PubMed

    Rodríguez Saint-Jean, S; De las Heras, A; Carrillo, W; Recio, I; Ortiz-Delgado, J B; Ramos, M; Gomez-Ruiz, J A; Sarasquete, C; Pérez-Prieto, S I

    2013-05-01

    Salmonid fish viruses, such as infectious haematopoietic necrosis virus (IHNV), are responsible for serious losses in the rainbow trout and salmon-farming industries, and they have been the subject of intense research in the field of aquaculture. Thus, the aim of this work is to study the antiviral effect of milk-derived proteins as bovine caseins or casein-derived peptides at different stages during the course of IHNV infection. The results indicate that the 3-h fraction of casein and α(S2) -casein hydrolysates reduced the yield of infectious IHNV in a dose-dependent manner and impaired the production of IHNV-specific antigens. Hydrolysates of total casein and α(S2) -casein target the initial and later stages of viral infection, as demonstrated by the reduction in the infective titre observed throughout multiple stages and cycles. In vivo, more than 50% protection was observed in the casein-treated fish, and the kidney sections exhibited none of the histopathological characteristics of IHNV infection. The active fractions from casein were identified, as well as one of the individual IHNV-inhibiting peptides. Further studies will be required to determine which other peptides possess this activity. These findings provide a basis for future investigations on the efficacy of these compounds in treating other viral diseases in farmed fish and to elucidate the underlying molecular mechanisms of action. However, the present results provide convincing evidence in support of a role for several milk casein fractions as suitable candidates to prevent and treat some fish viral infections.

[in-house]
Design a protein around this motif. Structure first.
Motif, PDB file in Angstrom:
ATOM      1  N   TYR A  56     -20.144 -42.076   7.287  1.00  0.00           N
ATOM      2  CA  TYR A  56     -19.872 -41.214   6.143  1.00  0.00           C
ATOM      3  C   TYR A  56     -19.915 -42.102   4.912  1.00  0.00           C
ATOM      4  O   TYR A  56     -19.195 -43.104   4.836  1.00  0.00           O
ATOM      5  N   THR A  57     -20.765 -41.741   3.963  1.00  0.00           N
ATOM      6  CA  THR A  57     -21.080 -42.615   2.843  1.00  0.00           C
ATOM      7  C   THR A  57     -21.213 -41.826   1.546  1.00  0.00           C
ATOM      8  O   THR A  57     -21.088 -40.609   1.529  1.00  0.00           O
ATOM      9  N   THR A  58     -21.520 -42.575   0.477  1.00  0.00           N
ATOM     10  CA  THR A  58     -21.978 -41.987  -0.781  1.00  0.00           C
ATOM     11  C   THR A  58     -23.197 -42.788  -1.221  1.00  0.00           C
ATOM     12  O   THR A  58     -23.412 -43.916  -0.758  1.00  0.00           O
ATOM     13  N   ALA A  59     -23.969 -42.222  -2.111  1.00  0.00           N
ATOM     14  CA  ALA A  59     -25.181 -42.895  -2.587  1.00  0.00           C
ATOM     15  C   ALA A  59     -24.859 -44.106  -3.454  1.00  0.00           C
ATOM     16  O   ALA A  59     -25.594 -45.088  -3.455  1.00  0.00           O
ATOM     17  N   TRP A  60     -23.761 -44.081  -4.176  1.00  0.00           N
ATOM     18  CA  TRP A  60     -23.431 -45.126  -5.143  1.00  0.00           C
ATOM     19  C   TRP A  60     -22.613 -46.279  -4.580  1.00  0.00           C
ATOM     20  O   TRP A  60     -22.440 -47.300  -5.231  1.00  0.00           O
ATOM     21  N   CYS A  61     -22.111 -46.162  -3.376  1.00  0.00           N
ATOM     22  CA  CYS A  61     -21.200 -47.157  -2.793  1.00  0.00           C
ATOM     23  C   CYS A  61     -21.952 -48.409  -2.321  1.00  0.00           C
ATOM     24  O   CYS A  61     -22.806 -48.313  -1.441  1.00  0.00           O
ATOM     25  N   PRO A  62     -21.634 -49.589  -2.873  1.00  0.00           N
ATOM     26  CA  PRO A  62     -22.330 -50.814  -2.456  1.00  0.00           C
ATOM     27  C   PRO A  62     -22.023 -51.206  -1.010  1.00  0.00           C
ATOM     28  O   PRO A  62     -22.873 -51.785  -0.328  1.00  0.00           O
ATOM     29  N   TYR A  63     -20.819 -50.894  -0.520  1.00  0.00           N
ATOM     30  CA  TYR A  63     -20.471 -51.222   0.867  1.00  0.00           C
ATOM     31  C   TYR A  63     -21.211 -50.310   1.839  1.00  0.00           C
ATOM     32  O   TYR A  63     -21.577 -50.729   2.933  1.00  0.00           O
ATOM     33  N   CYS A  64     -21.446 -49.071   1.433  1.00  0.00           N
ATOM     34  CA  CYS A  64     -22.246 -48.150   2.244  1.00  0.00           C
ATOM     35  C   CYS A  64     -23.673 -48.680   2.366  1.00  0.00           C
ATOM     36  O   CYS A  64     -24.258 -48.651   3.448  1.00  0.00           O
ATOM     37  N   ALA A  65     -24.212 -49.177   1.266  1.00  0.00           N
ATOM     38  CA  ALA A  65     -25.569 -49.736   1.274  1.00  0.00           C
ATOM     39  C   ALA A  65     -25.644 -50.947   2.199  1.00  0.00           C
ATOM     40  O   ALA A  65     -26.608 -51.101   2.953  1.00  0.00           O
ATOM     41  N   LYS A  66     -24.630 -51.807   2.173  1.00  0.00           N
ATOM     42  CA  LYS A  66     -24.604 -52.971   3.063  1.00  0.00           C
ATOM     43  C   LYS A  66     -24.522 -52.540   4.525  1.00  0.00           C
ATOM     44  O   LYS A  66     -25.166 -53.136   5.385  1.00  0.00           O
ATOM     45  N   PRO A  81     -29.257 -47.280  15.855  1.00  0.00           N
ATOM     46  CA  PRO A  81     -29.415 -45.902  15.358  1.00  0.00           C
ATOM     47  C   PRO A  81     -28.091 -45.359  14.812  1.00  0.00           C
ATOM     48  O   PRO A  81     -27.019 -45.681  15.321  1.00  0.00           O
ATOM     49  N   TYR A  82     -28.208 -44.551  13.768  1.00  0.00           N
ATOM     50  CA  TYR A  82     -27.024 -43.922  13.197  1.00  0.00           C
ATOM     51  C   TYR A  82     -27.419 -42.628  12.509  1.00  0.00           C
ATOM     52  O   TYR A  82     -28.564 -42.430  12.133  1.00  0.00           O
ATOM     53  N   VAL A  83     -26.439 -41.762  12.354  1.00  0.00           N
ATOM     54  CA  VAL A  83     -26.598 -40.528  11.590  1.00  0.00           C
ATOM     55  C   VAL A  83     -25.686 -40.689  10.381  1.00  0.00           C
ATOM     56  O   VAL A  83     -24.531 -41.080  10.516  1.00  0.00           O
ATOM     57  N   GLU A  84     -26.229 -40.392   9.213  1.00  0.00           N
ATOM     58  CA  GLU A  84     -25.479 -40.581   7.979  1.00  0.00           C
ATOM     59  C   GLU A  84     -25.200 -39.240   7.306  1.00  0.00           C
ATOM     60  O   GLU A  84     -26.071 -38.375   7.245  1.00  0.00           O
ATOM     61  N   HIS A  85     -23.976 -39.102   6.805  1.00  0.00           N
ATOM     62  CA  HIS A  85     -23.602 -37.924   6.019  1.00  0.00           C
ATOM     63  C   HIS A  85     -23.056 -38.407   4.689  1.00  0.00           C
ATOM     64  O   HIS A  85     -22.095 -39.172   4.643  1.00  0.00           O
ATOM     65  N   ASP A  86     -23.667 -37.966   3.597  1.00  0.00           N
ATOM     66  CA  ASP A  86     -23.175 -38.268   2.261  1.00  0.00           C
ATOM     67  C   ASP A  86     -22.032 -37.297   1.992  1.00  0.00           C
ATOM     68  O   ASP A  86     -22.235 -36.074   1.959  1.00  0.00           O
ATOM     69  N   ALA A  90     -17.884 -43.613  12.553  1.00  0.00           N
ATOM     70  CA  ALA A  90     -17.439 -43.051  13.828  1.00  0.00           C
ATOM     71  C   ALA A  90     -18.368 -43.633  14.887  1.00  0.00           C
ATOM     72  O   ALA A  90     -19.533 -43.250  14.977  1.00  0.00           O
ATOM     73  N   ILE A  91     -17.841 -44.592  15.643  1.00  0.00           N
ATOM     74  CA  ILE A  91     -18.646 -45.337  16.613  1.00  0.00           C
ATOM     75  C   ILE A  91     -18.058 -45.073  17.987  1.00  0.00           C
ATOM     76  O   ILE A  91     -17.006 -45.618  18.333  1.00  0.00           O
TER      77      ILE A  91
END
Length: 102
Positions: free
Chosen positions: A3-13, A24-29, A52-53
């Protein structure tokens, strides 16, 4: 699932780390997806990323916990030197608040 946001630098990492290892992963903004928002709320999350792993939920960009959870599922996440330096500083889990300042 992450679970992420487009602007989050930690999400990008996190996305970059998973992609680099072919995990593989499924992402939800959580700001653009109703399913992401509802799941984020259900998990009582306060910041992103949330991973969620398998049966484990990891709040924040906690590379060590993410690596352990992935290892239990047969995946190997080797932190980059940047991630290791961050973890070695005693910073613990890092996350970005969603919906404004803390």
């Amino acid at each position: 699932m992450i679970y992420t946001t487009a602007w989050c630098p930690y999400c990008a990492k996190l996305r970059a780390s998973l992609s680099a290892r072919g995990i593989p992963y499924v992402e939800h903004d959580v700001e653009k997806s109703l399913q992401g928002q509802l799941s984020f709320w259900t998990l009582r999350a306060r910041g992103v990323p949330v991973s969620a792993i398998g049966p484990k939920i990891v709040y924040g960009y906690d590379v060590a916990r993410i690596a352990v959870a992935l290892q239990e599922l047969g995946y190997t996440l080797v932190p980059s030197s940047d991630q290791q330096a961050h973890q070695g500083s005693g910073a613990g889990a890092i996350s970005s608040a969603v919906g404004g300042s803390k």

19. Discovery of berberine, abamectin and ivermectin as antivirals against chikungunya and other alphaviruses.

    PubMed

    Varghese, Finny S; Kaukinen, Pasi; Gläsker, Sabine; Bespalov, Maxim; Hanski, Leena; Wennerberg, Krister; Kümmerer, Beate M; Ahola, Tero

    2016-02-01

    Chikungunya virus (CHIKV) is an arthritogenic arbovirus of the Alphavirus genus, which has infected millions of people after its re-emergence in the last decade. In this study, a BHK cell line containing a stable CHIKV replicon with a luciferase reporter was used in a high-throughput platform to screen approximately 3000 compounds. Following initial validation, 25 compounds were chosen as primary hits for secondary validation with wild type and reporter CHIKV infection, which identified three promising compounds. Abamectin (EC50 = 1.5 μM) and ivermectin (EC50 = 0.6 μM) are fermentation products generated by a soil dwelling actinomycete, Streptomyces avermitilis, whereas berberine (EC50 = 1.8 μM) is a plant-derived isoquinoline alkaloid. They inhibited CHIKV replication in a dose-dependent manner and had broad antiviral activity against other alphaviruses--Semliki Forest virus and Sindbis virus. Abamectin and ivermectin were also active against yellow fever virus, a flavivirus. These compounds caused reduced synthesis of CHIKV genomic and antigenomic viral RNA as well as downregulation of viral protein expression. Time of addition experiments also suggested that they act on the replication phase of the viral infectious cycle.

  20. Synthesis and antiviral activity of 2-substituted methylthio-5-(4-amino-2-methylpyrimidin-5-yl)-1,3,4-oxadiazole derivatives.